10,000 extra copies printed, of which 2,500 shall be for the use of the Senate, 5,000 for the use of
the House, and 1,500 for the use of the Commissioner of Fish and Fisheries. There shall also be
printed 1,000 extra copies for sale by the Public Printer, under such regulations as the Joint
Committee on Printing may prescribe, at a price equal to the additional cost of publication and 10
per cent, thereon added.

The manuscript for the entire report is for the most part ready for the printer, and several
hundred drawings for the illustrations arc finished. Part I was placed in the hands of the printer
in August 1882, and would have been published more than a year ago but for the absence of Mr.
Goodo in England. The contents of these reports, it is proposed, shall be approximately as fol-
lows, though it is probable that other topics may be added to the discussion before the work is
completed :
THE FOOD FISHES AND FISHERY INDUSTRIES OF THE UNITED STATES.

PART I. The Natural History of Useful Aquatic Animals.

PART II. The Fishing-Grounds.

PART III. The Fishing-Towns, containing a geographical review of the Coast, River, and Lake Fisheries.

PART IV. The Fishermen.

PART V. The Apparatus of the Fisheries and the Fishing-Vessels aud Boats.

PART VI. The Fishery Industries, a discussion of methods aud history.

PART VII. The Preparation of Fishery Products.

PART VIII. Fish Culture and Fishery Legislation.

PART IX. Statistics of Production, Exportation, and Importation. Summary Tables.

PART X. The Whale Fishery ; a special monograph.

PART XI. A Catalogue of the Useful and Injurious Aquatic Animals and Plants of North America.

PART XII. A list of Books and Papers relating to the Fisheries of the United States.

PART XIII. A general Review of the Fisheries with a statistical summary.

The report prepared for the Superintendent of the Census, the manuscript of which is now
for the most part in his possession, is divided into the following sections:

A. liKPOKT UPON TIIK STATISTICS OK TIM: FlsIIKIHKS AND FlSH TRADE OK THE UNITED STATES.

INTRODUCTION (giving a comprehensive abstract of the matter contained in the quarto report referred to above).
PART I. A Review of the Fisheries of the Atlantic Seaboard, with statistics of production and maimi'm-line.
PART II. A Review of the Fisheries of the Pacific Coast, with statistics of production and manufactures.
PART III. A Review of the Fisheries of the Great Lakes, with stat.stic's of production and manufactures.
PART IV. A Review of the River Fisheries of the United States. (Prepared by C. W. Smiley.)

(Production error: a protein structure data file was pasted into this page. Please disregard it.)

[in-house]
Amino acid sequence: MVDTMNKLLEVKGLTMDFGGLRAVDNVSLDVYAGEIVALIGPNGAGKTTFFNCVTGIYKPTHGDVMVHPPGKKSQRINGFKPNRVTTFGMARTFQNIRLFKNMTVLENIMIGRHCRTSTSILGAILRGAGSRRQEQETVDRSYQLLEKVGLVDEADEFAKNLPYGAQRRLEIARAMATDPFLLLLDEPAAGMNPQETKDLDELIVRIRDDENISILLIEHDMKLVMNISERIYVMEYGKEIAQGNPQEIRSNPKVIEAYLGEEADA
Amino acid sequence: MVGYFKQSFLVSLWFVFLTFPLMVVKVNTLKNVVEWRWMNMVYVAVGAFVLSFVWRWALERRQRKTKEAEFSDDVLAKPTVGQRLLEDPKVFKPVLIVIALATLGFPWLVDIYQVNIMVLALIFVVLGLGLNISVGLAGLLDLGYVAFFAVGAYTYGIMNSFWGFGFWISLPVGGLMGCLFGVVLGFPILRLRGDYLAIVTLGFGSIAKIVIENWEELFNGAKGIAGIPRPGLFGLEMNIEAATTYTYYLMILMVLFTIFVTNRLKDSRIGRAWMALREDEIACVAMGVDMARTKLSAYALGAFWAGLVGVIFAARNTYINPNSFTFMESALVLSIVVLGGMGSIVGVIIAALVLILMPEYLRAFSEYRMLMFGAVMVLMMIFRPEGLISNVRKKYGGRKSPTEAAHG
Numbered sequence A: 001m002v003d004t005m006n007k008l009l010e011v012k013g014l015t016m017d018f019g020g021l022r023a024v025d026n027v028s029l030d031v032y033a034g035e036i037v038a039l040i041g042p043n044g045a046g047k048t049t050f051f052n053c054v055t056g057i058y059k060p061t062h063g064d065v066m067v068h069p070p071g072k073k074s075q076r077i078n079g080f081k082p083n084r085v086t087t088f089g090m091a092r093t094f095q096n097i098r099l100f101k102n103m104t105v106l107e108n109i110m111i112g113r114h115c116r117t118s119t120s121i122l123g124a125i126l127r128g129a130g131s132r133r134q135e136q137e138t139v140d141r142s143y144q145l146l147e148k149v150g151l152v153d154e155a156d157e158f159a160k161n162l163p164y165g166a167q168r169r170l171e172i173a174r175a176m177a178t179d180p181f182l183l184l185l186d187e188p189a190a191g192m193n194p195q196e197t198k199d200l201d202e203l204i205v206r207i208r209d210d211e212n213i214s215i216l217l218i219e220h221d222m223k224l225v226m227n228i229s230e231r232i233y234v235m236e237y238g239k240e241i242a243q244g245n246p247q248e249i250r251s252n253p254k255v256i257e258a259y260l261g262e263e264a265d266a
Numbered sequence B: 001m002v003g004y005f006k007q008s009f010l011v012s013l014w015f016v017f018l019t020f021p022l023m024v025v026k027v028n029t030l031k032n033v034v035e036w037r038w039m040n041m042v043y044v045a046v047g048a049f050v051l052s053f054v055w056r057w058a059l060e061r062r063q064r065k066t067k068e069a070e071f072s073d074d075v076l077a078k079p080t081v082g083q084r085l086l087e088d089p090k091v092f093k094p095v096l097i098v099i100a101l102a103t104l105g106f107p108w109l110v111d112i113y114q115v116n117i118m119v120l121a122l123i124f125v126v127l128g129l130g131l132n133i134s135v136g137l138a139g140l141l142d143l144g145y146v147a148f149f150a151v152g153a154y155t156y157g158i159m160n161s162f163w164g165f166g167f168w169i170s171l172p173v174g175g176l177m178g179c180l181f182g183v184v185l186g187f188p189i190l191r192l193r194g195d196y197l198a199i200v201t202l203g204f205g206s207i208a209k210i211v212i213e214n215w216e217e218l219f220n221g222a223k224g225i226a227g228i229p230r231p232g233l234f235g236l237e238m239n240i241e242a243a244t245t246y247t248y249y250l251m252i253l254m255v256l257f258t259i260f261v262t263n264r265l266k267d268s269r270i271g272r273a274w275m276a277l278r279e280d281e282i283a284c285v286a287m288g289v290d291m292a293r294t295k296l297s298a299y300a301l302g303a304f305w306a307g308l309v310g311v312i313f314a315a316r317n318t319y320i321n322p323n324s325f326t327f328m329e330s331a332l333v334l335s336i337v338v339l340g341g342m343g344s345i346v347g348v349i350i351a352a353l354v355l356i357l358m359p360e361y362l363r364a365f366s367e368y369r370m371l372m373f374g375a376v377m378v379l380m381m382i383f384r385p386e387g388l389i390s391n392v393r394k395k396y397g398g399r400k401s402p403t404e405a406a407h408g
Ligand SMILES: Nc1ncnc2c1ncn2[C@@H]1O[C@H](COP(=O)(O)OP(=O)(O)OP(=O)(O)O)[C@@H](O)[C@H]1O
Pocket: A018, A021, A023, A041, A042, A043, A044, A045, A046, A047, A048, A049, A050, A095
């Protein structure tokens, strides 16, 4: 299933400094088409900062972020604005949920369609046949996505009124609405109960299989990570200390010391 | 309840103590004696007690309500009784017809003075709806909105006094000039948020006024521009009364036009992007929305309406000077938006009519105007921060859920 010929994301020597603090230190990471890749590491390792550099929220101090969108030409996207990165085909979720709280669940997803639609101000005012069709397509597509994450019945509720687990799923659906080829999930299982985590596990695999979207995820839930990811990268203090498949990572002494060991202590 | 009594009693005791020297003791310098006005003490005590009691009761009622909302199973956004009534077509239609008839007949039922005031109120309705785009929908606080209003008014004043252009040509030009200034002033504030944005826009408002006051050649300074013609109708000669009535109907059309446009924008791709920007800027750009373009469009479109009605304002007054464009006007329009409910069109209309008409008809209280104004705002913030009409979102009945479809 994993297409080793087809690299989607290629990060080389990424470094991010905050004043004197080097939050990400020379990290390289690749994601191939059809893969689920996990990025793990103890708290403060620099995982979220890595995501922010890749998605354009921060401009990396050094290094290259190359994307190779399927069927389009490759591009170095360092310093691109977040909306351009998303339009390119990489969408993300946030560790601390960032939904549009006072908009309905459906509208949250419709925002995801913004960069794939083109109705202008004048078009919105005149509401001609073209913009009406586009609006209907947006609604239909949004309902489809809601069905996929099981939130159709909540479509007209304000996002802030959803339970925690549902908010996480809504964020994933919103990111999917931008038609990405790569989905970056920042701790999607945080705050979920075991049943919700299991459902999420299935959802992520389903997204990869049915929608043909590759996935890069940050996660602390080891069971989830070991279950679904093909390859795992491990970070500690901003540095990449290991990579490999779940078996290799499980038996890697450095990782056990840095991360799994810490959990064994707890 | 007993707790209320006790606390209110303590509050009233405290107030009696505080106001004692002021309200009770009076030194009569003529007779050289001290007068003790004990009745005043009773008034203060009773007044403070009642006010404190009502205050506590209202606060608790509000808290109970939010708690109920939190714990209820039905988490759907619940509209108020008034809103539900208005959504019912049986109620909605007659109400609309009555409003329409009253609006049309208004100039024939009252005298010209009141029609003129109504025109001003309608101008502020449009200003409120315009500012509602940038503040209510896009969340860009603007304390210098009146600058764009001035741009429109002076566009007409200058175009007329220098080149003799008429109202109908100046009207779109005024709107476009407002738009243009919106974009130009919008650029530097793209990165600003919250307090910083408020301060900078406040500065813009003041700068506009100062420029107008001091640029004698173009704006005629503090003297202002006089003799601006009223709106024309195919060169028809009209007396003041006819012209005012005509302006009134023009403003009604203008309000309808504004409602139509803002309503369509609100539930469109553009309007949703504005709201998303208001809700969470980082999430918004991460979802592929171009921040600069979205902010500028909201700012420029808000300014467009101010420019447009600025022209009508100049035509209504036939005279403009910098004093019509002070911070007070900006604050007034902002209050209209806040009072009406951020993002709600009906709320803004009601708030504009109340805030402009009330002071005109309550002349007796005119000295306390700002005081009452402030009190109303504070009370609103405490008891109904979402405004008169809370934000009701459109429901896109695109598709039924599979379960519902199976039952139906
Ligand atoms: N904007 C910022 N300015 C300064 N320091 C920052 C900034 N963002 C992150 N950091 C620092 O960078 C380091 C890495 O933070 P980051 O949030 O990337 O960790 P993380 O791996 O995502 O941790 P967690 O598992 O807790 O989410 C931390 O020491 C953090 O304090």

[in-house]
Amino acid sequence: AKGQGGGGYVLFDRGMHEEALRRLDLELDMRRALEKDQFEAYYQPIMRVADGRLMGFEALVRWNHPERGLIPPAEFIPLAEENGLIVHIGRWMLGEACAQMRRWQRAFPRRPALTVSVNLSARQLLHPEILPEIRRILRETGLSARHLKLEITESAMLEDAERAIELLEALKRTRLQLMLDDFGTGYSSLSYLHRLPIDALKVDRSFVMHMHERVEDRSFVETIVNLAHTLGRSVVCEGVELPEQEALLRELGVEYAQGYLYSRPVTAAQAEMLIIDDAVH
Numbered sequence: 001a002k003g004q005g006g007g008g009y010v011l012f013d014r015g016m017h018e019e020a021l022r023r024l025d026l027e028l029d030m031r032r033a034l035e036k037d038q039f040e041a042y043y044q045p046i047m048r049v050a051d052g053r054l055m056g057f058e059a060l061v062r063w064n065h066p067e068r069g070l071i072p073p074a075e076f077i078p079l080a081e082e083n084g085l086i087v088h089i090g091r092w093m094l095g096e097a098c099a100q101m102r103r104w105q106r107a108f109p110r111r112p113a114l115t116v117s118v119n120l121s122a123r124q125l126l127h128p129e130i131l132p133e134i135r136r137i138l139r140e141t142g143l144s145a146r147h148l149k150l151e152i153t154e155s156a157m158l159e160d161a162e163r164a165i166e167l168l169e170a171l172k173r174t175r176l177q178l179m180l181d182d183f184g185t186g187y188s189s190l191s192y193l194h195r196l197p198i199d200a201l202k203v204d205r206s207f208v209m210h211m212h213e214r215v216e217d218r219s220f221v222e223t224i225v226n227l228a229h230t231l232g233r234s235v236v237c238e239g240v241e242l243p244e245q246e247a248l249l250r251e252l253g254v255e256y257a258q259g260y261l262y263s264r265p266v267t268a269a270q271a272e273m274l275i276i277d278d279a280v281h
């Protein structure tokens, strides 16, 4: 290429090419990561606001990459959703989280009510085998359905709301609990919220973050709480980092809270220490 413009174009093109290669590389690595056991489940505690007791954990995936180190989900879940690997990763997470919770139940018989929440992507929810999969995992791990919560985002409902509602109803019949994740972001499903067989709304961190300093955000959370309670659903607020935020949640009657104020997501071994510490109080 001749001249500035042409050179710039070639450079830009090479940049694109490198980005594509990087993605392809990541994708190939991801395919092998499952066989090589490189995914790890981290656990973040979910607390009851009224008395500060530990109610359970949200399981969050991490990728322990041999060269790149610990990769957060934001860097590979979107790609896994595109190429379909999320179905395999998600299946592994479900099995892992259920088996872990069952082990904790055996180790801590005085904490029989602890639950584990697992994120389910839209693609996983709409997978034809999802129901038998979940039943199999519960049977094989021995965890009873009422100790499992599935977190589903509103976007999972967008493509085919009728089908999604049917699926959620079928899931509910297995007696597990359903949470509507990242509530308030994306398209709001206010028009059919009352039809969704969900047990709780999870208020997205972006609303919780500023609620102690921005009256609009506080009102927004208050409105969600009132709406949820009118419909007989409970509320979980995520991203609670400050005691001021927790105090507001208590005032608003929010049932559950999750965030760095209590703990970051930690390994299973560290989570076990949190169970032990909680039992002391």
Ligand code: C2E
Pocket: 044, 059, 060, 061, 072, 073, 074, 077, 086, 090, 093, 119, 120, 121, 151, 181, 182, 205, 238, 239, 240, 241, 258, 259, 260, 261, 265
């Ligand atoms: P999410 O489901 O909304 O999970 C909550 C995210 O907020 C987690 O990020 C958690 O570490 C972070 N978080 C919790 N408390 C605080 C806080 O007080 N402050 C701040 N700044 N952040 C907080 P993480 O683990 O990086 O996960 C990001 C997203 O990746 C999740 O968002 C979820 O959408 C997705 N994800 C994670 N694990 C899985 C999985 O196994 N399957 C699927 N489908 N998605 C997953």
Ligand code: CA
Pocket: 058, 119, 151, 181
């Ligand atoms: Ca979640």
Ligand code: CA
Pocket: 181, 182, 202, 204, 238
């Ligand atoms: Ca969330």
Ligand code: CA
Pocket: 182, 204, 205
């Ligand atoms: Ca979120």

PART V. A Review of the Consumption of Fish by Counties, with an estimate of the extent and value of

the inland fisheries. (Prepared l>y C. W. Smiley.)
PAKT VI. A Review of the Fish Trade of cities of the United States having a population of more than ln,(MXi

in 1880. (Prepared by C. W. Smiley.)

PART VII. Statistics of Importation and Exportation of Fishery Products from 1730 to 1880.
PART VIII. List of the Fishing- Vessels of the United States iu 1880, giving tonnage, value, number of crew,

name of owner, branches of fisheries engaged in, together with other important details.

PART IX. Monograph of the Seal Islands ot Alaska. Hy Henry \V. Elliott. (Already in type; 171 pages. 4to.)
PAIIT X. Monograph of the Oyster Fisheries, lly Ernest Ingersidl. (Already in type : -Til pages.)

The Census volume thus is arranged to include all compilations from circulars, and the results
of the work performed by clerks detailed from the Census Office, together with much derived from



ri;i:i AT)|;V NOTK. ix

tlie archives of the Fish Commission. The first three sections are mainly made up from the
material collection by the special agents in tlic liclil, and the form is as nearly as pos>iMe that in
which it was originally collected; much, however, has been added from tin; archives of the
Couimission.

I'.v the plan just detailed, the statistical matter gathered by the joint efforts of the two
organi/ations is assigned to the (Vnsus, together with a sufficient amount of descriptive and
explanatory text to make the statistics fully intelligible, while the descriptive, historical, and
natural history papers are taken by the Fish Commission, these being enriched by a sufficient
amount of statistical detail to render them as useful as possible for the class of readers and students
for whom they are intended.

The statistical results of the investigation have already been published in a preliminary way.
A M-iic> of special statistical tables appeared in the Bulletins of the Census Office, as follows:

1 1 . ) ( 'KXSUS BULLETIN No. 176. [Preliminary Report upon the Pacific States and Territories] prepared liy Mr. Ooode
from returns of Special Agents Jordan, Swan, and Bean. Dated May 24, 1884. 4to. Pp. 6 (+2).

(2.) CENSUS BULLETIN No. ail. Statistics of the Fisheries of the Great Lakes. Prepared by Mr. Frederick W. Tnie
from notes of Special Agent Kiimliuu. Dated September 1, 1881. 4to. Pp. 8.

(3.) CKXSCS BULLETIN No. 278. Statistics of the Fisheries of Maine. Prepared by Mr. It. E. Earll from his own notes
and those of Capt. J. W. Collins and Mr. C. G. Atkins. Dated November 22, 1881. 4to. Pp. 47 (+1).

(4.) CENSUS BULLETIN No. 281. Statistics of the Fisheries of Virginia. Prepared by Colonel Marshall MacDonald.
Dated December 1, 1881. 4to. Pp. 8.

(!.) CENSUS BULLETIN No. 295. Statistics of the Fisheries of Massachusetts Prepared by Mr. A. Howard Clark from
returns of Special Agents Wilcox, Clark, True, Collins, and At wood. Dated March 1, 1882. 4to. Pp.35 -f 1.

(('..) CENSUS BULLETIN No. 291. Statistics of the Fisheries of New Hampshire, Rhode Island, and Connecticut. Pre-
pared by Mr. A. Howard Clark. Dated April 5, 1883. 4to. Pp. 7(+l.)

(7.) CENSUS BULLETIN No. 297. Commercial Fisheries of the Middle States. Prepared by Mr. R. E. Earll and Colonel
M. MacDonald. Dated June 5, 1882. 4to. Pp. 14.

(8.) CENSUS BUU.ETIN No. 298. Commercial Fisheries of the Southern Atlantic States. Prepared by Mr. R. E. Earll
and Colonel M. MacDonald. Dated June 5, 1882. 4to. Pp.18. (This bulletin includes statistics of No. 4 (C.
B., No. 281).